PB chosen to get help in applying for grants
Goal is center for entrepreneurship
PINE BLUFF — Go Forward Pine Bluff took another step forward last week with the announcement that it is among nine cities nationally to be selected to receive technical assistance in applying for up to $750,000 in grant funding from the U.S. Economic Development Administration through its i6 Challenge grant program.
The Center on Rural Innovation and its sister organization, Rural Innovation Strategies Inc., chose the organizations from a field of 130 applicants.
The Economic Development Administration has $21 million in funding available in fiscal 2019 to assist smaller communities in establishing centers for innovation and entrepreneurship. The centers are intended to increase the rate at which innovations, ideas, intellectual property and research are translated into products, services, viable companies and jobs.
Pine Bluff is the only community in Arkansas chosen to receive the technical assistance. Other communities chosen were Cape Girardeau, Mo.; Emporia, Kan.; Pittsburg, Kan.; Grinnell, Iowa; Independence, Ore.; Red Wing, Minn.; Traverse City, Mich.; and Wilson, N.C.
“These nine communities represent the best of what rural America has to offer: strong visions for the future, solid infrastructure, excellent quality of life, and the
talented workforce needed to engage at a high-level in the digital economy,” said Matt Dunne, founder of the Center on Rural Innovation and executive director of Rural Innovation Strategies Inc., in a news release announcing the selections.
The Center on Rural Innovation is a nonprofit based in Vermont that was founded by former Google executive Matt Dunne. Its purpose is to assist rural regions around the nation in the creation of innovation hubs through its Rural Innovation Initiative, and linking those hubs to help them share innovations, ideas and best practices.
This marks the inaugural year for the initiative to assist communities in securing funding through the i6 grant.
Mildred Franco, executive director of The Generator, an innovation hub powered by Go Forward Pine Bluff, said the partnership will provide valuable assistance as the Pine Bluff hub develops from its embryonic stage into a full-blown regional hub for small-business development.
Most urban areas have recovered in the 10 years after the economic crash of 2008, Franco said, but rural areas have lagged behind or in many cases declined.
Middle America has missed out on some of the most lucrative jobs because many jobs in the high-tech and financial sectors are concentrated on the East and West coasts, she said. That’s left rural communities lagging in the nation’s midsection, which historically has depended on agriculture and manufacturing.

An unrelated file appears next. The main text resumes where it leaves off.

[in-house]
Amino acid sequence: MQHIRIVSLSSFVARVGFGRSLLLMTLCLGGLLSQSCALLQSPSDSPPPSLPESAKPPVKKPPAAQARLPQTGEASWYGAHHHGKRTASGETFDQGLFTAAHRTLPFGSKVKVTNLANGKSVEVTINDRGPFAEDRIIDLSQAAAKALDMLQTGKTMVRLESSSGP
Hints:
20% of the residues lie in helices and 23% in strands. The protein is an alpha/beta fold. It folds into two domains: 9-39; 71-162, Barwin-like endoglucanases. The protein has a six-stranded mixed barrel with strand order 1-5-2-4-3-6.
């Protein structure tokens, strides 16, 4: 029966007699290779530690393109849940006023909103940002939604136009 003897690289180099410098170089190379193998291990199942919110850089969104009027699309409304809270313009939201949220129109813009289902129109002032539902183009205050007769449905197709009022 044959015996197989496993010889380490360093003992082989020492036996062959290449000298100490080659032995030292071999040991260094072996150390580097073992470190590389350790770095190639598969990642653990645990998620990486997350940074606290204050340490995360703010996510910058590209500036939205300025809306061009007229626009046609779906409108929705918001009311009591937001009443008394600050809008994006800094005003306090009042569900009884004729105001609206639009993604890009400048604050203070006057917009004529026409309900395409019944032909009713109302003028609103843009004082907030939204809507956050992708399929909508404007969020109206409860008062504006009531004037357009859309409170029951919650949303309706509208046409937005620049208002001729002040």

“There’s a big gap between rural and urban. A big gap,” Franco said. “So at the same time you have the West Coast and the East Coast in need of talent, but much of the talent cannot afford to live in either one of these places because it’s so expensive.
“Thanks to technology, we don’t need to be somewhere to do our work, especially if it’s technology-type work.”
The problem for communities like Pine Bluff, Franco said, is the lack of a workforce educated in the digital economy and a lack of infrastructure to support such a workforce. The intent is to begin addressing those needs in Pine Bluff by expanding The Generator into a fullfledged innovation hub, hopefully with grant funding from the Economic Development Administration.
Franco said Pine Bluff intends to apply for $500,000 in grant funding from the Economic Development Administration.
Dunne’s organization identifies organizations that can benefit from the Economic Development Administration’s i6 Challenge grant and provides technical support for those organizations. It does not make decisions on who receives i6 grant funding.
“What we are doing is connecting with communities across the country that are doing all the right things to be in a strong position to develop those kinds of innovation centers and to benefit from the resources the EDA provides,” Dunne said in a telephone interview. “We’re not writing the grants for these communities. We believe they have the capacity and, frankly, much better knowledge of how to articulate the incredible, unique value that their community has.”
Dunne said Pine Bluff’s efforts to stage an economic recovery helped distinguish it from other applicants.
“Pine Bluff has been doing a really extraordinary grassroots, bottom-up visionary process for how they can move their economy forward,” he said. “Pine Bluff was known as a center for African-American entrepreneurship for a long time, but like many rural places has been struggling economically, particularly since 2008.”
According to information from the Economic Development Administration, the i6 Challenge Program Support grant has awarded $42 million from 2014 through March 30, 2018, with an additional $54 million in matching funds committed to 88 projects in 36 states.
In 2015, Arkansas State University in Jonesboro received $500,000 in funding in the second year of the i6 Challenge grant to develop its East Arkansas Innovation System innovation hub, now known as A-State Innovate.
Ty Keller, director of A-State Innovate, said the grant funds — the final installment of which will be paid this year — has provided money to pay half of his salary, and for rent for the facility it uses, the purchase of equipment and supplies, and professional development fees.
“We’ve had other partners, of course, to help with the cost of running the center, but none of this would have been possible without the i6 grant,” Keller said. “Without that grant, I don’t think A-State Innovate would have gotten off the ground.”